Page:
2016 left us with a variety of incipient architectural trends that promise to carry on to 2017 and get even bigger; the common catalyst in all of them is the scarcity of urban plots and the need to incorporate sustainable features into projects.
Black facades were present in many projects in 2016, and they promise to make a big appearance in 2017.
Black helps to highlight the overall shape of the project, minimizing distractions and making it appear cleaner. It also enhances translucent features, such as windows and glassed portions of the facade, making the building look lighter and perforated. Its lack of light reflection makes it the perfect facade choice to blend in with the building's surroundings or adjacent structures.
Black Villa: Brussels, Belgium, 2016, K2 Architects
Rijswijk Barn: Rijswijk, Holland, 2016, Workshop architecten
House in Koidu: Koidu, Estonia, 2016, Kadarik Tuur Arhitektid
As our cities continue to increase their density, urban lots become scarce and expensive; these narrow houses or urban infills, are born as an answer to this problem, as a cheap, space saving alternative to building in high-density settings.
They make use of vacant interstitial spaces, such as alleys or dividing walls between constructed lots. This trend will continue to grow strong in 2017.
Dengshikou house: Dengshikou, China, 2016, B.L.U.E. Architecture Studio
Studio House: Santiago de Queretaro, Mexico, 2016, Intersticial Arquitectura
Maison T House: Ha Nội, Vietnam, 2016, Nghia-Architects
Renovating an existent building is not only cheaper than demolishing it and building on top of it: it's also a sustainable practice, and an efficient spatial use alternative in our evergrowing cities, which tells us this trend will only spread wider on 2017.
These renovations not only change or improve the pre-existing interior design; they add new spaces to the building- using the existent structure as a base- integrating them to the new use or design the construction is given, thus gifting the old building with a new life.
Houses in Castlewood Avenue: Dublin, Ireland, 2016, ODOS architects
Scenario's House: London, England, 2016, Scenario Architecture
Antwerp Port House: Antwerp, Belgium, 2016, Zaha Hadid Architects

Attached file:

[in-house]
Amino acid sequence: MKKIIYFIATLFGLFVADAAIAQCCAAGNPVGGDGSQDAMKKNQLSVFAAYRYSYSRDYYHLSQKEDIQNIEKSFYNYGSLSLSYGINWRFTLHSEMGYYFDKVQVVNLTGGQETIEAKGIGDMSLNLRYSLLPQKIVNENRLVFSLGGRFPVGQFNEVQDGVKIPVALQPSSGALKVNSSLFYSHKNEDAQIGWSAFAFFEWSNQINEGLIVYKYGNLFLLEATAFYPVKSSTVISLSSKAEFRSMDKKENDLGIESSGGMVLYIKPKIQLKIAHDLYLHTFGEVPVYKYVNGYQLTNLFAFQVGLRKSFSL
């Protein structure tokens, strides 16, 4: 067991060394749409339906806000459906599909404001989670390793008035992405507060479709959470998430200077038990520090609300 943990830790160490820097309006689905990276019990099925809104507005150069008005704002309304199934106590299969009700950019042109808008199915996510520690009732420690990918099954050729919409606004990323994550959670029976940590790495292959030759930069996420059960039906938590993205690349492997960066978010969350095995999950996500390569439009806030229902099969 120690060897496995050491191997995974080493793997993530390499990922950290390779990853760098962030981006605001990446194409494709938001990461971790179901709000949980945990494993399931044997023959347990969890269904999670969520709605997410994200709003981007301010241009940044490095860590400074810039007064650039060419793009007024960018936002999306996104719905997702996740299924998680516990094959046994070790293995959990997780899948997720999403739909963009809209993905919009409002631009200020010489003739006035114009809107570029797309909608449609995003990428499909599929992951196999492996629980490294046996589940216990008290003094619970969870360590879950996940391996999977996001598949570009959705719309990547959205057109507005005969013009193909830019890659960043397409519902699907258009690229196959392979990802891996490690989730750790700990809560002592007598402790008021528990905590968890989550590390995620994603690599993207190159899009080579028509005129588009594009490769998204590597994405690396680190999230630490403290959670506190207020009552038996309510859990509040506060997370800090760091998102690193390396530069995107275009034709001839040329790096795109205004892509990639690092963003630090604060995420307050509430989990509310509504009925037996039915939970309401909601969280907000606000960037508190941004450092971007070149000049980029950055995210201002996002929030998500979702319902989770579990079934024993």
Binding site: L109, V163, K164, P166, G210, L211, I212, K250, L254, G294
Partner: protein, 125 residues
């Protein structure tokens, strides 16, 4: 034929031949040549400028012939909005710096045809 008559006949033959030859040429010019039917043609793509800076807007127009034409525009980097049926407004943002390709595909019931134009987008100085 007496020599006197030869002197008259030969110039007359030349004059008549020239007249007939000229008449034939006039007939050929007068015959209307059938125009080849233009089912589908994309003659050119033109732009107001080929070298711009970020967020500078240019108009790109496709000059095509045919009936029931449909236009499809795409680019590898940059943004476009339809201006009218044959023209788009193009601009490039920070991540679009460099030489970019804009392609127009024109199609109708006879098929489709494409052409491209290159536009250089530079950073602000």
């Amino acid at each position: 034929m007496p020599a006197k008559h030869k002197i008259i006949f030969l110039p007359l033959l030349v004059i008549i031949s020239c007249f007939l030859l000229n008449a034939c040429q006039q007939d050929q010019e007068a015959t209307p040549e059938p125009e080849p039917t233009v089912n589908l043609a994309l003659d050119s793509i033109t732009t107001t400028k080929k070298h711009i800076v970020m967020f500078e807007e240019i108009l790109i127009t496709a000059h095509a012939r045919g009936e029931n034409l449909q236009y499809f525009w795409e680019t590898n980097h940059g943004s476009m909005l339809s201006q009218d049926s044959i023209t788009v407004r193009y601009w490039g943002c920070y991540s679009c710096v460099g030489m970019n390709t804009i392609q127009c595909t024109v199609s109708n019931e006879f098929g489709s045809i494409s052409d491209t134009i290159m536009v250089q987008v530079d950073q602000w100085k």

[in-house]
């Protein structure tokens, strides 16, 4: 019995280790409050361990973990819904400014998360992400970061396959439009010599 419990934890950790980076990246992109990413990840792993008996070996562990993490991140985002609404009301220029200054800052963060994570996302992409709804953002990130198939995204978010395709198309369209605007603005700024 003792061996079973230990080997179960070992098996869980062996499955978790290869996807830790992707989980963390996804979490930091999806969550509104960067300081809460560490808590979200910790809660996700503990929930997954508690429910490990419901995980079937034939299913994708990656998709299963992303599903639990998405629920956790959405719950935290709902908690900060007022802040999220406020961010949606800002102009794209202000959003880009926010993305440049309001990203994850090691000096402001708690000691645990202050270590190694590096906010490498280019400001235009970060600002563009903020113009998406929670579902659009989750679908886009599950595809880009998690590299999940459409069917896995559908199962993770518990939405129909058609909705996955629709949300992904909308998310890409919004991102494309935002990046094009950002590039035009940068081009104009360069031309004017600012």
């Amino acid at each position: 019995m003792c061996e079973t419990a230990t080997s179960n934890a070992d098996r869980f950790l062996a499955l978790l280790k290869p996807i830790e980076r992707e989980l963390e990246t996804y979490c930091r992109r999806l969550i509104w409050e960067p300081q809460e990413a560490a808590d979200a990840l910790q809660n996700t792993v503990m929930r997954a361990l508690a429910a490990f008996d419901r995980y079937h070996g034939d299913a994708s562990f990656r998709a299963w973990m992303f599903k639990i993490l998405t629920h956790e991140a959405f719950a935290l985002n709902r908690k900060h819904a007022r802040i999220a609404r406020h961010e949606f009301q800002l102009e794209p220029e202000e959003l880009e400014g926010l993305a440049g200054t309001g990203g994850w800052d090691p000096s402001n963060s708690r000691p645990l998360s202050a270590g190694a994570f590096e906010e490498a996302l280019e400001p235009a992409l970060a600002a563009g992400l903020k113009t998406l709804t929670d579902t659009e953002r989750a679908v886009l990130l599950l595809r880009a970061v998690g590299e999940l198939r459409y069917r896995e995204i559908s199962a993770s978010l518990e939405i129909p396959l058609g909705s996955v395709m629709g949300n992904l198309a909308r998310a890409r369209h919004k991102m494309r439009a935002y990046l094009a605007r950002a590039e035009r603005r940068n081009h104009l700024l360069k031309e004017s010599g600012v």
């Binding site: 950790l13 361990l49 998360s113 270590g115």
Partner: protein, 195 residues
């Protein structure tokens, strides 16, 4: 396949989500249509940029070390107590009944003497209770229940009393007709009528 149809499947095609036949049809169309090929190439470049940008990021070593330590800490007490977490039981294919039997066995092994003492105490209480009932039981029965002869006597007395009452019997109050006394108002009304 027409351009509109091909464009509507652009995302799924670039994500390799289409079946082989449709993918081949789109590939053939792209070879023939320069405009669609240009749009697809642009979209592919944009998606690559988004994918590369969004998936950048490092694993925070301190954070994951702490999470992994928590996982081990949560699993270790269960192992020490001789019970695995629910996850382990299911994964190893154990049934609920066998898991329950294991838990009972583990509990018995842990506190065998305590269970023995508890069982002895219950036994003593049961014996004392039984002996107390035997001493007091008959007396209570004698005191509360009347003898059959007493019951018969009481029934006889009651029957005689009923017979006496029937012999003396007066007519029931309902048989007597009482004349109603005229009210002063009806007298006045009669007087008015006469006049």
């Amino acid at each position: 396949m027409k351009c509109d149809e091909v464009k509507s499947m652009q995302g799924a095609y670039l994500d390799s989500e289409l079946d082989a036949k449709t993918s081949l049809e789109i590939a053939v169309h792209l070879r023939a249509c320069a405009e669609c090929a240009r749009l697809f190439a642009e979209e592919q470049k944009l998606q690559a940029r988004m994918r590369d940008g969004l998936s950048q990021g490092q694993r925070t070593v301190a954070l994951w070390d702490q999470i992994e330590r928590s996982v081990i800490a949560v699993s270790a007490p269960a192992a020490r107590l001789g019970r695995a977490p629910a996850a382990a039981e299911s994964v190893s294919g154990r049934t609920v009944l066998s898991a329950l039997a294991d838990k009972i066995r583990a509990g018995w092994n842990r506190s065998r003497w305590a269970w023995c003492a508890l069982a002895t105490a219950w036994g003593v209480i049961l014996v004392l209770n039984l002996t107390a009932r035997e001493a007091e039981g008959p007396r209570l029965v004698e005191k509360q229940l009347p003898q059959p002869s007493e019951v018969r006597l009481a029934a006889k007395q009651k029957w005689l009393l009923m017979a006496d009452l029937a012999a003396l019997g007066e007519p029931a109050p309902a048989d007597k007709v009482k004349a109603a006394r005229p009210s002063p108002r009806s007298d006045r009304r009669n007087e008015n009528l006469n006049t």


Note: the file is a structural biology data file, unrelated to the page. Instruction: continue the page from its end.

Interior gardens offer an alternative to urban buildings with little space available, and provide larger projects with a much-needed space fragmentation to promote more intimate spaces; they add breathable areas into the project's layout, act as ambient separators, help with temperature control and add a sense of tranquility to its adjacent spaces, creating an oasis of peace in an otherwise busy setting.
The Drawers House: Vung Tau, Vietnam, 2016, MIA Design Studio
Aamchit Courtowers: Aamchit, Lebanon, 2016, Hashim Sarkis
Garden House: Da Nẵng, Vietnam, 2016, Ho Khue Architects
Environmental awareness has been an important topic these last couple of years, and eco-friendly architecture will only get more attention in 2017. The use of sustainable materials, passive energy saving designs, water saving, low carbon print construction techniques and alternative energy harvesting methods are now something every design should at least consider.
Low Energy Consumption Residences: Barcelona, Catalunya, Spain, 2016, Fontdevila Casajuana Arquitectes
Tamalpais Residence: Mill Valley, CA, USA, 2016, Zack de Vito Architecture + Construction
Palatine Passive House: Seattle, WA, USA, 2016, Malboeuf Bowie Architecture
KODA: Tallin, Estonia, 2016, Kodasema
Timber cladding, either as a product of a naked timber structure or a decorative facade, offers a texture rich alternative to projects; it blends perfectly in natural settings, it adds softness to its surroundings in urban settings, and it's also a sustainable alternative since trees are a renewable natural source. Whether they're constituted of a series of shingles or panels, timber cladding's modular nature makes it easy to replace in the event of a damaged piece.
WUK-1 Sacha Yaku: Papallacta, Ecuador, 2016, ERDC Arquitectos
"A" House: Minsk, Belarus, 2016, Igor Petrenko
Kap House: Singapore, 2016, ONG&ONG Pte Ltd
Romsdal Folk Museum: Molde, Norway, 2016, Reiulf Ramstad Architects